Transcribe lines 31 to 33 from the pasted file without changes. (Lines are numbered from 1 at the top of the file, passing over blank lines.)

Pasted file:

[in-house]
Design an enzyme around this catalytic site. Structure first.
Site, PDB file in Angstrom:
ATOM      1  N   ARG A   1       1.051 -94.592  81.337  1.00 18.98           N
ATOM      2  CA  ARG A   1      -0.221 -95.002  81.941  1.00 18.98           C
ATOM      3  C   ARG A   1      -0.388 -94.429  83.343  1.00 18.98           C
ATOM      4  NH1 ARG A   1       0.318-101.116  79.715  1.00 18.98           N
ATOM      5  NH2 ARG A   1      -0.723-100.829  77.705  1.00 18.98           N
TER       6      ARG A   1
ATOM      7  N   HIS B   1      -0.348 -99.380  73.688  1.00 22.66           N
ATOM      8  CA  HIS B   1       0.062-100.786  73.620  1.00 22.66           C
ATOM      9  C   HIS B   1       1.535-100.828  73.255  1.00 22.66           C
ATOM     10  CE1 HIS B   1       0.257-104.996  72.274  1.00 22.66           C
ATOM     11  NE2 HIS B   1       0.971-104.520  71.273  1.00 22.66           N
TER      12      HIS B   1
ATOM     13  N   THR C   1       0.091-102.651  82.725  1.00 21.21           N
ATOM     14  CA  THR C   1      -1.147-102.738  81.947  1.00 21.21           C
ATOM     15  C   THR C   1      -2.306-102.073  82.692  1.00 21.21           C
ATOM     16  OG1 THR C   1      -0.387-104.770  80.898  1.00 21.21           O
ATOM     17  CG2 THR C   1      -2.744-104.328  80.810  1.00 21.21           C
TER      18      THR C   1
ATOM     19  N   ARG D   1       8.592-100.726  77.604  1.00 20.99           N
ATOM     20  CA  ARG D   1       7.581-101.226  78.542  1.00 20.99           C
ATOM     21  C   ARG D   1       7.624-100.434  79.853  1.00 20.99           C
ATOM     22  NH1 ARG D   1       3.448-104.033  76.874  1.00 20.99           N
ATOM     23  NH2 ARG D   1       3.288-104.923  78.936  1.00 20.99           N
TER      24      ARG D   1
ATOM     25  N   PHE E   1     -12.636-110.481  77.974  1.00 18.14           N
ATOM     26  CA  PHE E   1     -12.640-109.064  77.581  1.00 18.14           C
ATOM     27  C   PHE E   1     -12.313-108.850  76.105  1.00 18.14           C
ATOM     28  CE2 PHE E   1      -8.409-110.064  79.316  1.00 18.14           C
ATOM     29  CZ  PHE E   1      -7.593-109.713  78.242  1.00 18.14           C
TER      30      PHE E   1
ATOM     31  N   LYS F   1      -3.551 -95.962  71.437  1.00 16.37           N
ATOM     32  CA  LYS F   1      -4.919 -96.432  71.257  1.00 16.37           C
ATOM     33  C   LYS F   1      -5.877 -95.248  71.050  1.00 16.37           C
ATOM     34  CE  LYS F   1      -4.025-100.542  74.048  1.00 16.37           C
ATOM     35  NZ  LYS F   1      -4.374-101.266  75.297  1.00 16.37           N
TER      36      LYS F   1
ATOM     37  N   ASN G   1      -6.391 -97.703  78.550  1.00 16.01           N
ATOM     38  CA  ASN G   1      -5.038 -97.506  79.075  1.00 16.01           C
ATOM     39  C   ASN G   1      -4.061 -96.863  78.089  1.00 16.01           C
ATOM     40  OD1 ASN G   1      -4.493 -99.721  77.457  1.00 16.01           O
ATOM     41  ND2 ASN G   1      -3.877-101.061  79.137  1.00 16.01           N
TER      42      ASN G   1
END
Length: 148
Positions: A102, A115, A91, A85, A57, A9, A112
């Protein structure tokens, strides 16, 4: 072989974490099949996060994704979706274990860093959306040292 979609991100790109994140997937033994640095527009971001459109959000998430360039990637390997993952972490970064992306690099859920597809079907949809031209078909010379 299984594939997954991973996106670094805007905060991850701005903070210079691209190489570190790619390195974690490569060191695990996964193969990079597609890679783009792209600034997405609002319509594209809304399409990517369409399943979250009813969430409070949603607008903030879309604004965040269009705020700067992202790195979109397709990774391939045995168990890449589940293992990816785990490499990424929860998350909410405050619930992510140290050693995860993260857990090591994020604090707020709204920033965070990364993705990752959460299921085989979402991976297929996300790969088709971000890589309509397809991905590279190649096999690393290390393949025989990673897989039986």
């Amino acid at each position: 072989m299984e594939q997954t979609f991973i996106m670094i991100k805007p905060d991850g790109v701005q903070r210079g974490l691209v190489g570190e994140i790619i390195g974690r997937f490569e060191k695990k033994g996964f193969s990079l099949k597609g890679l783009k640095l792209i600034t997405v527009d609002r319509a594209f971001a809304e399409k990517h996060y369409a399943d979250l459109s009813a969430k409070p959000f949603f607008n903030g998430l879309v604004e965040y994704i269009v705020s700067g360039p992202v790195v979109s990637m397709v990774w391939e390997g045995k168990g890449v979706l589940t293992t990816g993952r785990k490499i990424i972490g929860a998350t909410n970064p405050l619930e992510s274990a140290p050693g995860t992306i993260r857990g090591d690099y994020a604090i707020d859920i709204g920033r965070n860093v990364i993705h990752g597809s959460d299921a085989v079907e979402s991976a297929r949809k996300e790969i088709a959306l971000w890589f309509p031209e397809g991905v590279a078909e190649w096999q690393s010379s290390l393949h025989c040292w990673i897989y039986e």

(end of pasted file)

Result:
ATOM     28  CE2 PHE E   1      -8.409-110.064  79.316  1.00 18.14           C
ATOM     29  CZ  PHE E   1      -7.593-109.713  78.242  1.00 18.14           C
TER      30      PHE E   1